Where most processes go sideways isn’t lost somewhere in the weeds between step 3 and 33— it’s simply setting proper boundaries for the scope of the process in the first place.
It’s not hard to understand why...
Go too wide, and you’ll end up with a seemingly endless list of hundreds to-do’s that are more likely to be ignored altogether than ever completed.
Too narrow and you’ll be drowning in a sea of processes management.
And this, my WordPress loving friends, is where most processes go to die.
The solution to this problem is quite simple— and in the next couple minutes you’ll understand why every process you create needs to start with two simple steps.
Before you put pen to paper (or fingers to keys) it’s crucial to define the overall scope of your process.
This starts with defining the trigger and the goal.
Withing making a clear distinction on when your process should begin and end, you’re likely to never start, never finish, or miss everything in between.
As you begin to develop a process, it’s important to start with both the beginning (trigger) and end (goal) in mind. These need to be the first two things you define.
It also helps you put things into perspective— keeping you from creating processes with far too many steps (typically you don’t want to go past 30) or so few that they can be easily ignored as insignificant.
When you know both where you’re starting from, and where you’re trying to get, bridging those two points with logical and reasonable steps becomes an easier task.
Your trigger is the signifier that you need to begin your process— like when your doorbell rings; it alerts you to put pants on, look through the peephole, and ignore the unwanted solicitor. Without the trigger (the doorbell) you’d still be sitting comfortably (and pantless) unaware of the outside world.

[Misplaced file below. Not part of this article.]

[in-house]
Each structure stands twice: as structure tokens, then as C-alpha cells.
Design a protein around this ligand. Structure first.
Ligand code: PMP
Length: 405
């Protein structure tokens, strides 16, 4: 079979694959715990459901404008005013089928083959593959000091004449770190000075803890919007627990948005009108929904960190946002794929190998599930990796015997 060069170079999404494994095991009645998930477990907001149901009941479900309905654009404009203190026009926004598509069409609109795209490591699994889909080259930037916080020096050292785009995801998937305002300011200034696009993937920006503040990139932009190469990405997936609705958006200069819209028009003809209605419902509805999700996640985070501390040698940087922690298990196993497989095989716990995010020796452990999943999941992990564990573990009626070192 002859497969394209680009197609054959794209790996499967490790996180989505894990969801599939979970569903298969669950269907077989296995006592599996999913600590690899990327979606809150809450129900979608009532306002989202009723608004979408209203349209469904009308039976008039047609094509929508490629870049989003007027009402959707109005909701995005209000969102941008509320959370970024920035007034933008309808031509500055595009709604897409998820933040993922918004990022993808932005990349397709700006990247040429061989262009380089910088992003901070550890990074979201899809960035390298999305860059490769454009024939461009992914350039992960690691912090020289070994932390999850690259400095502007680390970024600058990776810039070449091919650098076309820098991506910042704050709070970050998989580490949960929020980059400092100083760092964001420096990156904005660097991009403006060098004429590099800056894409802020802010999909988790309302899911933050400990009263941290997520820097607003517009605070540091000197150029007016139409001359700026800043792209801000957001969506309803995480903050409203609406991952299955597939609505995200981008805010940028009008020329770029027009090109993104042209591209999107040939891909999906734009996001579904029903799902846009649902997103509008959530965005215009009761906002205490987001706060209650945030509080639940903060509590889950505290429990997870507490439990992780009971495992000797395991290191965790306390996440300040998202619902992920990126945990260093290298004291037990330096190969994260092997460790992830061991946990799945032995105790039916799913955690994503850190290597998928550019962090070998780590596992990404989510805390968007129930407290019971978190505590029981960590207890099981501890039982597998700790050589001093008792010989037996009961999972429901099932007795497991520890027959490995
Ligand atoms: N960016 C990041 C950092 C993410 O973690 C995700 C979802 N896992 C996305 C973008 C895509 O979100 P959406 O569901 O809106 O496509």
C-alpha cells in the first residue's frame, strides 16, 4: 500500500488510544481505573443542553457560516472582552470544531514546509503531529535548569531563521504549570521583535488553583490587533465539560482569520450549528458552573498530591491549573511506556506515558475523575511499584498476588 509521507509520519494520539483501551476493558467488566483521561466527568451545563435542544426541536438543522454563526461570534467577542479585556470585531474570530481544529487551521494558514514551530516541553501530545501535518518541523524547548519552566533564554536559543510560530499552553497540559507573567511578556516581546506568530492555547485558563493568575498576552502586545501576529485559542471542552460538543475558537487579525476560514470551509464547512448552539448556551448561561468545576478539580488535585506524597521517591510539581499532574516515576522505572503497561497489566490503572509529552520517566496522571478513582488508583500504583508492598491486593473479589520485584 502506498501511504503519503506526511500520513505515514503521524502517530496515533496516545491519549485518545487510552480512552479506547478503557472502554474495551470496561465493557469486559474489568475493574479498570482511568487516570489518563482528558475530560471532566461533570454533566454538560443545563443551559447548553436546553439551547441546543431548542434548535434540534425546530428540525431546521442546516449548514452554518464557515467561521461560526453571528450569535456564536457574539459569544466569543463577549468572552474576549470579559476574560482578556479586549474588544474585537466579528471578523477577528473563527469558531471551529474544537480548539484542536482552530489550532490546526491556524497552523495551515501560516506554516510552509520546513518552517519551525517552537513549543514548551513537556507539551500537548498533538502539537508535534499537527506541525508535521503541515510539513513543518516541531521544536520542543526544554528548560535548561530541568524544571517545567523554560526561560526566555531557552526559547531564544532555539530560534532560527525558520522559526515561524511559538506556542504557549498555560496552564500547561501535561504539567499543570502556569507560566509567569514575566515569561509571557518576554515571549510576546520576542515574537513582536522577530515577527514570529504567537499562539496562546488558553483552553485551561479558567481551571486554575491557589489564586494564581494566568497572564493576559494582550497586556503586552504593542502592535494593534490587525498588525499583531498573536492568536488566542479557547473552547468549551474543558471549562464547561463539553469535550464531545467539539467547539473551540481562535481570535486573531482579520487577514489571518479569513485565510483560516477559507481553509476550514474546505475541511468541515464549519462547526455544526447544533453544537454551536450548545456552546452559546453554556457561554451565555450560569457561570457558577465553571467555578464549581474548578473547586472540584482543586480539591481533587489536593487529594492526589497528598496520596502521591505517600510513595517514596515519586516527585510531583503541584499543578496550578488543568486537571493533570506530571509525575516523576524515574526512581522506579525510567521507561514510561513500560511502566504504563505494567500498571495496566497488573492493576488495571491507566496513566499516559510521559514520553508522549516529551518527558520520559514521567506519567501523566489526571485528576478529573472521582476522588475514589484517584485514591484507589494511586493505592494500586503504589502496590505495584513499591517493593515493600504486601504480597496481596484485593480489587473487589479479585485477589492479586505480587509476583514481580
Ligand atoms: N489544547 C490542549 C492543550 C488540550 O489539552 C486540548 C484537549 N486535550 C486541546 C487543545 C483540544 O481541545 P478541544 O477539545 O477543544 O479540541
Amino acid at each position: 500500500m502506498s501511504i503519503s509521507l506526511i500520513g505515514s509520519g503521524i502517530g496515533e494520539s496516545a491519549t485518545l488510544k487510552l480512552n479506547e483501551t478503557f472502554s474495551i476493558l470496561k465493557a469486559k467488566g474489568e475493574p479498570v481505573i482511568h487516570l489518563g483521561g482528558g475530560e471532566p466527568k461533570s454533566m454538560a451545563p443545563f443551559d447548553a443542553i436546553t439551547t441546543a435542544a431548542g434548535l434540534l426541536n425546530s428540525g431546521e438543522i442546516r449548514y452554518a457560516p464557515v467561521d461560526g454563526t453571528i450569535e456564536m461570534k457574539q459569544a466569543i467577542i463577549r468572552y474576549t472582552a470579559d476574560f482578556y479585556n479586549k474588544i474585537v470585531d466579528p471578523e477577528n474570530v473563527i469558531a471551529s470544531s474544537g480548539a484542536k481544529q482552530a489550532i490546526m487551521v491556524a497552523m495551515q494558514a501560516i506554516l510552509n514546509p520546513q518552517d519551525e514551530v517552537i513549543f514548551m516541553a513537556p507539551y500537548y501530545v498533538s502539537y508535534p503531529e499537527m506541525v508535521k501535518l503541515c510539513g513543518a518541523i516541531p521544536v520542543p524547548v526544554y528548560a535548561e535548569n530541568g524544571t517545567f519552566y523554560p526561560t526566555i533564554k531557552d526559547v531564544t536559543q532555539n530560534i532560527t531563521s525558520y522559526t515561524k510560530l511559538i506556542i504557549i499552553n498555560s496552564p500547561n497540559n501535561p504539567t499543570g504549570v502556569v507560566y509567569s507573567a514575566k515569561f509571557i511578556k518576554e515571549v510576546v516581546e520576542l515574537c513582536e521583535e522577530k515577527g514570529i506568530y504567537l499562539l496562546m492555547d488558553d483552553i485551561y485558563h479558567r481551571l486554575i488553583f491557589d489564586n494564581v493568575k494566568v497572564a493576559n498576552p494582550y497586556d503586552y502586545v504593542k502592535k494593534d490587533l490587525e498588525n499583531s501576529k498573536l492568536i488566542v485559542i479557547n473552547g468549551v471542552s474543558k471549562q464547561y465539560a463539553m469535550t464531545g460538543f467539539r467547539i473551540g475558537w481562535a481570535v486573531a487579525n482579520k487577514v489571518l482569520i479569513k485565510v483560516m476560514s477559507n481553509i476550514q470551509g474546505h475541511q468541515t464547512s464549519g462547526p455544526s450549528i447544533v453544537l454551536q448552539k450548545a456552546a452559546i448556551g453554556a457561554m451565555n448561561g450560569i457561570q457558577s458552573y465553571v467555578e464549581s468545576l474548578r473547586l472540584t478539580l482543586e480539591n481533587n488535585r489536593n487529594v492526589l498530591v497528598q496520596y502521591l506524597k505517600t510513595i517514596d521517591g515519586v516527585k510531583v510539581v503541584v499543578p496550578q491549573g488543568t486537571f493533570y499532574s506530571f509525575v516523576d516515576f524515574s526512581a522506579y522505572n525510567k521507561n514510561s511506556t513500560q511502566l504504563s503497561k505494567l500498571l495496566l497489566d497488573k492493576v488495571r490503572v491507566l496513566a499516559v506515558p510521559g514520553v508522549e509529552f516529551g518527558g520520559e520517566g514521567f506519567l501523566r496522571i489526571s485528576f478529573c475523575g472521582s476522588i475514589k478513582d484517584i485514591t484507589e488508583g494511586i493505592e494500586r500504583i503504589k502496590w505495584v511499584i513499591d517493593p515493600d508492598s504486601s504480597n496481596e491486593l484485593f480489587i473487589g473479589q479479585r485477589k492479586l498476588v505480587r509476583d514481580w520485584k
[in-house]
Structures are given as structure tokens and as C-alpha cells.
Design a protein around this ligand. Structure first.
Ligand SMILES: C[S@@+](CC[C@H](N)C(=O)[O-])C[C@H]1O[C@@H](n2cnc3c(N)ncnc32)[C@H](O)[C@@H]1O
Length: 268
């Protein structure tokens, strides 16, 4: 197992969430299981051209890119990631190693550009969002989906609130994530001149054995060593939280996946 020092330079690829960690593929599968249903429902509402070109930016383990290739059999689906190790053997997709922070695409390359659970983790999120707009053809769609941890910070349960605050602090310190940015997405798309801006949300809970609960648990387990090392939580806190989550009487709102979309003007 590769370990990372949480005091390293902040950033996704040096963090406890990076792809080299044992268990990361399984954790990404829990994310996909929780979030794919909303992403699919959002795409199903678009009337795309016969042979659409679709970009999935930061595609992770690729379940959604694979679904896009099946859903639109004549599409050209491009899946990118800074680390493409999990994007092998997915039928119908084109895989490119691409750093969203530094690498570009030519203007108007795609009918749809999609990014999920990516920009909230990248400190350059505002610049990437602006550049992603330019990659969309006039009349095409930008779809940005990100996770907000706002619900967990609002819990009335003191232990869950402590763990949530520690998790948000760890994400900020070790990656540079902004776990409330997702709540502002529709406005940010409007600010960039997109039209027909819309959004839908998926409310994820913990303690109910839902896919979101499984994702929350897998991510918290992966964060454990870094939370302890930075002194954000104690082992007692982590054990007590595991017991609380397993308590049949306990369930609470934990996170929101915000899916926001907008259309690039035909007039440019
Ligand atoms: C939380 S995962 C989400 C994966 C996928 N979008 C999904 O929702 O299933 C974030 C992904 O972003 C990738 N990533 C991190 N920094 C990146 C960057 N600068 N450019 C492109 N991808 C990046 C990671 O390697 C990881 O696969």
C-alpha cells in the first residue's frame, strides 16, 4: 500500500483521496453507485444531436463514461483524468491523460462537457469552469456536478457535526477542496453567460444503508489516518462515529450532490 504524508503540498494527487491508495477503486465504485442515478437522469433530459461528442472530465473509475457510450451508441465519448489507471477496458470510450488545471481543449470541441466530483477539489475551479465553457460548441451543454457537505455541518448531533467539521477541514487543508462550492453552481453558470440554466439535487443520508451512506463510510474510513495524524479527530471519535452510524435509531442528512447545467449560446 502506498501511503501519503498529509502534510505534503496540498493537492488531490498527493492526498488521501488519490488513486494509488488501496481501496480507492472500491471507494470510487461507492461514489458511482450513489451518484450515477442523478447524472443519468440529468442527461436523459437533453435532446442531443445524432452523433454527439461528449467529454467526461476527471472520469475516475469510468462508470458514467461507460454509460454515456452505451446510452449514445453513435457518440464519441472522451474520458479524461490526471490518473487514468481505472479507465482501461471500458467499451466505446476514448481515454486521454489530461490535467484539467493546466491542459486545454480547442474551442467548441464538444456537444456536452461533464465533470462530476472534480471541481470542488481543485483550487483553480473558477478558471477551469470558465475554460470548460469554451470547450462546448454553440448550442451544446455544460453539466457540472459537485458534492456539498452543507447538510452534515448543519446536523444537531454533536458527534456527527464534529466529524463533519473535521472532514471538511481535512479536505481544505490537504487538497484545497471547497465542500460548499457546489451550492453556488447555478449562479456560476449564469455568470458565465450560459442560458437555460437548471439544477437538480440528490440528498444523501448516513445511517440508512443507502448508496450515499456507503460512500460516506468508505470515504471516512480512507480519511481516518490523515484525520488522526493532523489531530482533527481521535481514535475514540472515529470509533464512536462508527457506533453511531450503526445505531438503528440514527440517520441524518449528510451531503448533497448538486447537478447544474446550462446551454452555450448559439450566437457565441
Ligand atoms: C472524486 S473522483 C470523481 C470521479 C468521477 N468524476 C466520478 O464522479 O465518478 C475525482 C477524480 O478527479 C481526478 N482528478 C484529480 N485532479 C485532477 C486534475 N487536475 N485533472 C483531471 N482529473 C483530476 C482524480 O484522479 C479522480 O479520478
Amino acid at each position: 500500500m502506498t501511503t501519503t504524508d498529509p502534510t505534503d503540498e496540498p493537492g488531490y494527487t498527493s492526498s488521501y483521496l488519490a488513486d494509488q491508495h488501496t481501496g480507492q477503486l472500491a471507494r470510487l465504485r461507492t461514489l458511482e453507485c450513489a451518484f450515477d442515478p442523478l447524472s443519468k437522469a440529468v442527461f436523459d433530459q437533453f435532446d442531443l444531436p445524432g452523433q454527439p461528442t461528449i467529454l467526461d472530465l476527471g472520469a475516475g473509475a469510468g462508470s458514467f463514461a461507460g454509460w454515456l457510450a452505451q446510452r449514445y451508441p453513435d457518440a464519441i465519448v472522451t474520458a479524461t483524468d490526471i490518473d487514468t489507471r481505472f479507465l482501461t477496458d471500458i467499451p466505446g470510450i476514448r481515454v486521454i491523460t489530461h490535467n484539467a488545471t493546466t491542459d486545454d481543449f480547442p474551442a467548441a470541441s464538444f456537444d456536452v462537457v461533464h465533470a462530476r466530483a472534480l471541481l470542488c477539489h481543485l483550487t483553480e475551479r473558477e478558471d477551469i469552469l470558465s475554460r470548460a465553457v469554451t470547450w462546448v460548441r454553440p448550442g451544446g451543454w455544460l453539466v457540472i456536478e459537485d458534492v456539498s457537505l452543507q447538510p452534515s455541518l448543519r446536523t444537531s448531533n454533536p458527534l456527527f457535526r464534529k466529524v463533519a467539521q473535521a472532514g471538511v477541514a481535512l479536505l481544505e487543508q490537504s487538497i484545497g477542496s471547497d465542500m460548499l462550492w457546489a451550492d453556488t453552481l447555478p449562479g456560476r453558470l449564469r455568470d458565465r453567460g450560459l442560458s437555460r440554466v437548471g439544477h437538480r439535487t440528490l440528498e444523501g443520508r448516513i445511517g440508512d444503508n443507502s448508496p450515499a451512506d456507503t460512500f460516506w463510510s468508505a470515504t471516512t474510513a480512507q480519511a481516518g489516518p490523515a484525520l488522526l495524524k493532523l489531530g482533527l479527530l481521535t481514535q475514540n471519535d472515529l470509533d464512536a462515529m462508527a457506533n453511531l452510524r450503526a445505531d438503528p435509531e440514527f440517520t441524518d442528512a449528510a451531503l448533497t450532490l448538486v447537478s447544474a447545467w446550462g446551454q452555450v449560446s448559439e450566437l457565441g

In order for your process to actually get used, you’ll need to have a clear trigger that tells you when it’s time to start.
An effective trigger cannot be ambiguous— they should be the direct result of a specific condition (or conditions) being met.
Effective Trigger Examples
In each of these examples you would be able to indisputably answer if the conditions have been met. If your trigger isn’t something that can be easily answered, then you need to define it more specifically.
Your goal is the milestone you are trying to achieve based on specific actions and tasks.
Whether it’s publishing a blog post, launching a website, or completing routine maintenance— each step of your process should be in support of your ultimate goal.
By starting with the end (your goal) in mind, all the steps that need to be taken and the conditions that need to be met becomes much easier to define.
For a real world example of writing a process without a specific goal in mind, imagine trying to write out driving directions without first knowing what the destination is.
As silly as that sounds, that’s exactly what you’re trying to do if you simply start writing your processes in order from first to last. Before you know it, you’ll be lost.
Instead of writing out processes in linear order from step 1, to step 2, to step 3 (and so on), try first writing down your trigger, and your goal.
By having clearly defined start and end points, you’ll be able to evenly divide the work up into a set of processes that allow you to travel from the beginning to end in a way that will continue to build on itself with each step, continually pushing you towards a single goal.
Creating a specific routine you can repeat on each and every project you’ll become more efficient, make fewer mistakes, and make better use of your time.
Here are a few common duties web developers could benefit from having a process for:
To start writing any of these processes for yourself, start with what would trigger you needing to start that process, and what the goal would be at the end of the process.
Some of these processes will feed into each other (like Website Launch to Offboarding to Care & Maintenance). In those cases the goal for the preceding process can serve as the trigger for the next process.